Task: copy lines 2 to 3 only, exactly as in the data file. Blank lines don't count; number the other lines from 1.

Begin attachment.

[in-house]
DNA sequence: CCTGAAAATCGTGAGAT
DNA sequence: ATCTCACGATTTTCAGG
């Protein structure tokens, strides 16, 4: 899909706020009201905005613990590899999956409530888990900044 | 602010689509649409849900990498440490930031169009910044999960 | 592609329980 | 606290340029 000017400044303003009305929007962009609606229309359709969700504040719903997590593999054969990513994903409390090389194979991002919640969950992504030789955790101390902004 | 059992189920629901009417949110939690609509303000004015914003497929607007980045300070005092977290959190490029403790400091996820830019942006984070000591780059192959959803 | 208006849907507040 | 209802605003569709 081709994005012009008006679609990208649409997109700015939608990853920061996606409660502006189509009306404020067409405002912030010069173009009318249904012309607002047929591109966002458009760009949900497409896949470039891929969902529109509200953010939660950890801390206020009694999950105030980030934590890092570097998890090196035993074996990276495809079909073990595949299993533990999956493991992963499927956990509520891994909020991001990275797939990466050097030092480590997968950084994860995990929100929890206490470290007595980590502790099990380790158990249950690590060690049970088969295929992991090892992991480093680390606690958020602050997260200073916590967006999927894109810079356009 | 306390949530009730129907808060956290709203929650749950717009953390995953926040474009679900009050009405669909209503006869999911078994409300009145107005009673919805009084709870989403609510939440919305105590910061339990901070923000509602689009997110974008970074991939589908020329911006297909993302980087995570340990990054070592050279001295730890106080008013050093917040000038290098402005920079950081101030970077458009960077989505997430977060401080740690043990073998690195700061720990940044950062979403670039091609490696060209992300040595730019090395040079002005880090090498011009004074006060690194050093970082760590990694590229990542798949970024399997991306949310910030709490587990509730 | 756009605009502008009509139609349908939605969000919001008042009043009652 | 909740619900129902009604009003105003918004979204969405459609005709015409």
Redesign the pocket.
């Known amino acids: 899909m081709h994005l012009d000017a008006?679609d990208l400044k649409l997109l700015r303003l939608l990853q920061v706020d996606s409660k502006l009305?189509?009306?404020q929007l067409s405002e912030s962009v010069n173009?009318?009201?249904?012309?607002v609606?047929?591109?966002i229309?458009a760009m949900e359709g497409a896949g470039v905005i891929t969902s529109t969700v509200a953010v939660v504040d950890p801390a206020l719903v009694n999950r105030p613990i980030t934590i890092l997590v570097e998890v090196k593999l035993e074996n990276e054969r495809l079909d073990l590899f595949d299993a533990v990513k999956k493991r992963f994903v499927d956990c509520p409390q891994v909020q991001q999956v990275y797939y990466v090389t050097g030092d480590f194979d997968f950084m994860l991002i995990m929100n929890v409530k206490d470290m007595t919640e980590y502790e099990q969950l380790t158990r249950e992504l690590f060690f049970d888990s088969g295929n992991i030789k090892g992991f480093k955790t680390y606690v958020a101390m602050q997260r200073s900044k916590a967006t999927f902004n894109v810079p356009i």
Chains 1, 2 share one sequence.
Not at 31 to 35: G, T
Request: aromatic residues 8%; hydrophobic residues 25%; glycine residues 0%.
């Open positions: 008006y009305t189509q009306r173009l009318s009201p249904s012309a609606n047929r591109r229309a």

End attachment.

DNA sequence: CCTGAAAATCGTGAGAT
DNA sequence: ATCTCACGATTTTCAGG